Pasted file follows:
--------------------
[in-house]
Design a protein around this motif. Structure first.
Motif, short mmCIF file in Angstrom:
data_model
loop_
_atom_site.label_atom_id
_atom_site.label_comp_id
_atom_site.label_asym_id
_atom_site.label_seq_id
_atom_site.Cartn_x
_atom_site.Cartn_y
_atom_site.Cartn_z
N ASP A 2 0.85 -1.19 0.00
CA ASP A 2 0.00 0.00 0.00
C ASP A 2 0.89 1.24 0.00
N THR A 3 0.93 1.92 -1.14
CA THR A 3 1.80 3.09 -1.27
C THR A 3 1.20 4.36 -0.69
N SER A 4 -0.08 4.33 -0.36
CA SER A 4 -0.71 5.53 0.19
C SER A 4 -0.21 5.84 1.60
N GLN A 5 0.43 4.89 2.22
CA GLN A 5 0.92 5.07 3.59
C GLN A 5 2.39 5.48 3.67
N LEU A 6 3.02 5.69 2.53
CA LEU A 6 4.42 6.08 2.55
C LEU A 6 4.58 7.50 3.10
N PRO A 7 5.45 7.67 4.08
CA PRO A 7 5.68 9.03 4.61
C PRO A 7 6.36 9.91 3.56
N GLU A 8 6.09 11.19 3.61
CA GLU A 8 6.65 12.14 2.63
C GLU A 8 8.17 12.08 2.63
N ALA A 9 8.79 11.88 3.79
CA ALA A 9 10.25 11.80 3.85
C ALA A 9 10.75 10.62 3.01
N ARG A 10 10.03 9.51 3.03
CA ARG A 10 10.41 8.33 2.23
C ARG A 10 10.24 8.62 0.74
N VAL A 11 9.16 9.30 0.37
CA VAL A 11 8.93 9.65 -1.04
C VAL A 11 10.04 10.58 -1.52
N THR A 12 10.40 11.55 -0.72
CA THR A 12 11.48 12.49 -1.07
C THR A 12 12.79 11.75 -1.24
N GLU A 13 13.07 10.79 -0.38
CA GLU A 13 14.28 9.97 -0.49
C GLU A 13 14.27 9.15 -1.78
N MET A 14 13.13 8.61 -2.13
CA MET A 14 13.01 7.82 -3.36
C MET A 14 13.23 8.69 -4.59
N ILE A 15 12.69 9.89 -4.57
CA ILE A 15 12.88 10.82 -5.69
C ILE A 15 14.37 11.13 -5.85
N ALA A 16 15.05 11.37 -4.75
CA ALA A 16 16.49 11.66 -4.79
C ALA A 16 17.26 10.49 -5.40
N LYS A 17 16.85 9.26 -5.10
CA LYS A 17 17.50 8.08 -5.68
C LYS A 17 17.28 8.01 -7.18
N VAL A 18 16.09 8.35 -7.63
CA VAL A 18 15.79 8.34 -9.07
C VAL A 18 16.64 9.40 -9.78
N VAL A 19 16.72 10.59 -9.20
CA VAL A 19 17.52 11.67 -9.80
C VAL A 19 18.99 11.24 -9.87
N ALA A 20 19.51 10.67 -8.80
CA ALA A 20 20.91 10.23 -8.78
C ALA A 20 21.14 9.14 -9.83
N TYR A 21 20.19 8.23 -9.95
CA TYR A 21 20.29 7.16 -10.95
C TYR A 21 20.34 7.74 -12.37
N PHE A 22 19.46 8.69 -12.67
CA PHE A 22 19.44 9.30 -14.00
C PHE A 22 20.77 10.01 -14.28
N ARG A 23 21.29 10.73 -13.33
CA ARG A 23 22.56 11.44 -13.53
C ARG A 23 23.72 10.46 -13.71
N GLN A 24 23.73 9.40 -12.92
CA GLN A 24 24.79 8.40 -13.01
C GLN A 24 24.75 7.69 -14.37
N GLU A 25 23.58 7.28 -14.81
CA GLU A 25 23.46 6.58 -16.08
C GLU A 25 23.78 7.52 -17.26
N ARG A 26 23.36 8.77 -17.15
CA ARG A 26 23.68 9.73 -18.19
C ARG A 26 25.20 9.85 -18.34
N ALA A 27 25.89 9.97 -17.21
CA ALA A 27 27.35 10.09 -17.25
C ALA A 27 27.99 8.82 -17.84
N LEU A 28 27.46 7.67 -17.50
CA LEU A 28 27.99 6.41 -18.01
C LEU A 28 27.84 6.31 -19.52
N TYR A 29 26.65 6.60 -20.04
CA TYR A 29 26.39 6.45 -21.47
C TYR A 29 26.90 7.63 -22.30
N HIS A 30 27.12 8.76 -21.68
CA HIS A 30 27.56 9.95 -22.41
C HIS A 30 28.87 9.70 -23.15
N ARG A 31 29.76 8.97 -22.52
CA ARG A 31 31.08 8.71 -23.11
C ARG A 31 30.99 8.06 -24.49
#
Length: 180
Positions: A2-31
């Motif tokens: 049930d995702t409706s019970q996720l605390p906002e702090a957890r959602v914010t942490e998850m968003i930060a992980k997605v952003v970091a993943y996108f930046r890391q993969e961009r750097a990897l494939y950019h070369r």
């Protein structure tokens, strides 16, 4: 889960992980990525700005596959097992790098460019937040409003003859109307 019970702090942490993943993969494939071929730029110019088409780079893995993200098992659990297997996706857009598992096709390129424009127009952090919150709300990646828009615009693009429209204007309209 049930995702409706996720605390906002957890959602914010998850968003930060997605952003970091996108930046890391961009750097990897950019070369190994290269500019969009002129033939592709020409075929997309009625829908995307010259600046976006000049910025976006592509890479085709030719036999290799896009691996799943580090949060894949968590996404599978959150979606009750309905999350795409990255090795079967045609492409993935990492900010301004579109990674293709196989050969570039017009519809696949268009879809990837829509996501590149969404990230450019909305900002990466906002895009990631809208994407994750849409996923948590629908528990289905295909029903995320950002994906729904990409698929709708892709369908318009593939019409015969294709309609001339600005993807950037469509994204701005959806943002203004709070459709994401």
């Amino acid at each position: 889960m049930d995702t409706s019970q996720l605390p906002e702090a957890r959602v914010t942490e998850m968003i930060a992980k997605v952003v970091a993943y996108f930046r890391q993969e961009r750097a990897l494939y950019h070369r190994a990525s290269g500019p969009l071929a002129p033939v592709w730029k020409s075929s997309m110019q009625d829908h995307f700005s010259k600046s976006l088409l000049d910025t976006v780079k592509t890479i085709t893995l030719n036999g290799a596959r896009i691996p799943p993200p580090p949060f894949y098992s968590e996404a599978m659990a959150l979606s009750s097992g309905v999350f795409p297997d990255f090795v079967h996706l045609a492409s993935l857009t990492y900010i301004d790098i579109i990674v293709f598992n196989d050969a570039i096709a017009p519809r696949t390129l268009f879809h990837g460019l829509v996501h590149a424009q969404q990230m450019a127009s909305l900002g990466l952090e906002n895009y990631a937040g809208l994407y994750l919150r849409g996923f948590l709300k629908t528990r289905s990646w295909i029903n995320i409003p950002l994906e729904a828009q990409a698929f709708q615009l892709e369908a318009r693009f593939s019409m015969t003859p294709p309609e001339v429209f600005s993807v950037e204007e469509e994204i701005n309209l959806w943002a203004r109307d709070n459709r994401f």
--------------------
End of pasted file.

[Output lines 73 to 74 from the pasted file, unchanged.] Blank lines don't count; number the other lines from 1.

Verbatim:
N PHE A 22 19.46 8.69 -12.67
CA PHE A 22 19.44 9.30 -14.00